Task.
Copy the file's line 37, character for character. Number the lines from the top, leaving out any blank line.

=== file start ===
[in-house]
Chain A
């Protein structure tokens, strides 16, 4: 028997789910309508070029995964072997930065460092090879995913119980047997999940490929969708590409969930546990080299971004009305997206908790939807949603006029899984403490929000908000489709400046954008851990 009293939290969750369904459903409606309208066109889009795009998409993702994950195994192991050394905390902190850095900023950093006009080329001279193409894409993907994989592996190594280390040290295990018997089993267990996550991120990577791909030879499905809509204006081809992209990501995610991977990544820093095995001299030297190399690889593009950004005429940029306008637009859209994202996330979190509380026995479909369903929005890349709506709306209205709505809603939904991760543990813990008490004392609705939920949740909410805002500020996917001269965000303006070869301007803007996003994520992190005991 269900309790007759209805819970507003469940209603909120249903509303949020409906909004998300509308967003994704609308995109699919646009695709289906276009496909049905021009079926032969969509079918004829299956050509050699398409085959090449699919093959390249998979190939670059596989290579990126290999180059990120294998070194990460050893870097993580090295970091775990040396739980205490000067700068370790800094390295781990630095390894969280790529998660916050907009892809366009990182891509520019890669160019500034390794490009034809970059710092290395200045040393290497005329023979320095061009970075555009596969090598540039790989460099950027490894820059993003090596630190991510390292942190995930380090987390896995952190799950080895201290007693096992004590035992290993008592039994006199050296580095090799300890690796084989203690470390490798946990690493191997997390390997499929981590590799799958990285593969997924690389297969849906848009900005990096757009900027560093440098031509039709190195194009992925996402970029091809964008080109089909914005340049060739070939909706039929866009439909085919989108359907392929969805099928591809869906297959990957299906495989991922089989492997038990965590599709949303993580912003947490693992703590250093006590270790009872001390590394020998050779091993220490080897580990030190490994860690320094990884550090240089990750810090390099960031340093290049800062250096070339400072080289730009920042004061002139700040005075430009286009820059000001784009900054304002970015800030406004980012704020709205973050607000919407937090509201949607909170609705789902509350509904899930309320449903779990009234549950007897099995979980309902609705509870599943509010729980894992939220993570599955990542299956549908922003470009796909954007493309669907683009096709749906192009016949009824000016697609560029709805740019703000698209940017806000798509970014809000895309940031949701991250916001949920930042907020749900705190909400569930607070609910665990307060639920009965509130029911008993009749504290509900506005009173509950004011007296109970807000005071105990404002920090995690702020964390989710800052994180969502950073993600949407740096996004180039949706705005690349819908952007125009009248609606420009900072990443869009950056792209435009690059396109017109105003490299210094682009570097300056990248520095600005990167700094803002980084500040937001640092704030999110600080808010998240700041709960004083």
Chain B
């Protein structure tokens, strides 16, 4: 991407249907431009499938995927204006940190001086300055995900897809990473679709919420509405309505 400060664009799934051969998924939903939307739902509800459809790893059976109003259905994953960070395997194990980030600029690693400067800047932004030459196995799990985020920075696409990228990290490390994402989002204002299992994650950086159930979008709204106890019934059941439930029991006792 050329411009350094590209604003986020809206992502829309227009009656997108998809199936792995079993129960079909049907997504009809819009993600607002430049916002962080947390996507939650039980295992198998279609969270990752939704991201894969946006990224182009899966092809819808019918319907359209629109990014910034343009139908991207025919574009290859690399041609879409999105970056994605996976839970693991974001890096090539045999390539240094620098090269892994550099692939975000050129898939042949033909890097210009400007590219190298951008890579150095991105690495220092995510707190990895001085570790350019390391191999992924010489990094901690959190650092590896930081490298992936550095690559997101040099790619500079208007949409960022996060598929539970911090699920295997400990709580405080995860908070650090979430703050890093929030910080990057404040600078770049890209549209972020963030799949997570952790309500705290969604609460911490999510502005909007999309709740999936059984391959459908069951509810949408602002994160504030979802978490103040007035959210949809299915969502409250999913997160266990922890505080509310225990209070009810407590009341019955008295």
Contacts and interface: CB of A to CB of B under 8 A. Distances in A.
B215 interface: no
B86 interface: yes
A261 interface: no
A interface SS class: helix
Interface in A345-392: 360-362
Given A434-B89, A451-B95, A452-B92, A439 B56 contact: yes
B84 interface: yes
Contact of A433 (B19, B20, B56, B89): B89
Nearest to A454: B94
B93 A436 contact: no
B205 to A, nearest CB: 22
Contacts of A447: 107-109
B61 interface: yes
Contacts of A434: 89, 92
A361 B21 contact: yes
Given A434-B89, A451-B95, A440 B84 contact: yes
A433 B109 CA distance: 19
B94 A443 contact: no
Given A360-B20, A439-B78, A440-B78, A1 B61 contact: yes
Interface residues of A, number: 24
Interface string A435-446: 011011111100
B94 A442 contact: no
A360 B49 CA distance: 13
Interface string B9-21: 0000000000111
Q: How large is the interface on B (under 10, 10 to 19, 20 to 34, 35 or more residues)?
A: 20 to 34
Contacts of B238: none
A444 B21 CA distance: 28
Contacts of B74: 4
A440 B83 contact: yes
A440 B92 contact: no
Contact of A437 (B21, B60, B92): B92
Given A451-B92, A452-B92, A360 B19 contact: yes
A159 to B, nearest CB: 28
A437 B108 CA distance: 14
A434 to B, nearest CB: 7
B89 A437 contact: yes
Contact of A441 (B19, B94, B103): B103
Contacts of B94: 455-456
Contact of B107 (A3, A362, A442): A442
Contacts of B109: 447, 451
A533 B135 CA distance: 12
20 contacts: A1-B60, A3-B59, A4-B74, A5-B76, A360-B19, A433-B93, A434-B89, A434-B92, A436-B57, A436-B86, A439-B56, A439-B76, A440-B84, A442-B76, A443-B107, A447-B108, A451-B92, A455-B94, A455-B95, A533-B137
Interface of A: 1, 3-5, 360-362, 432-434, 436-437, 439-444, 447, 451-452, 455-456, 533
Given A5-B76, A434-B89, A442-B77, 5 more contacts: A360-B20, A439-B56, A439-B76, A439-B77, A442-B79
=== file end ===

A440 B92 contact: no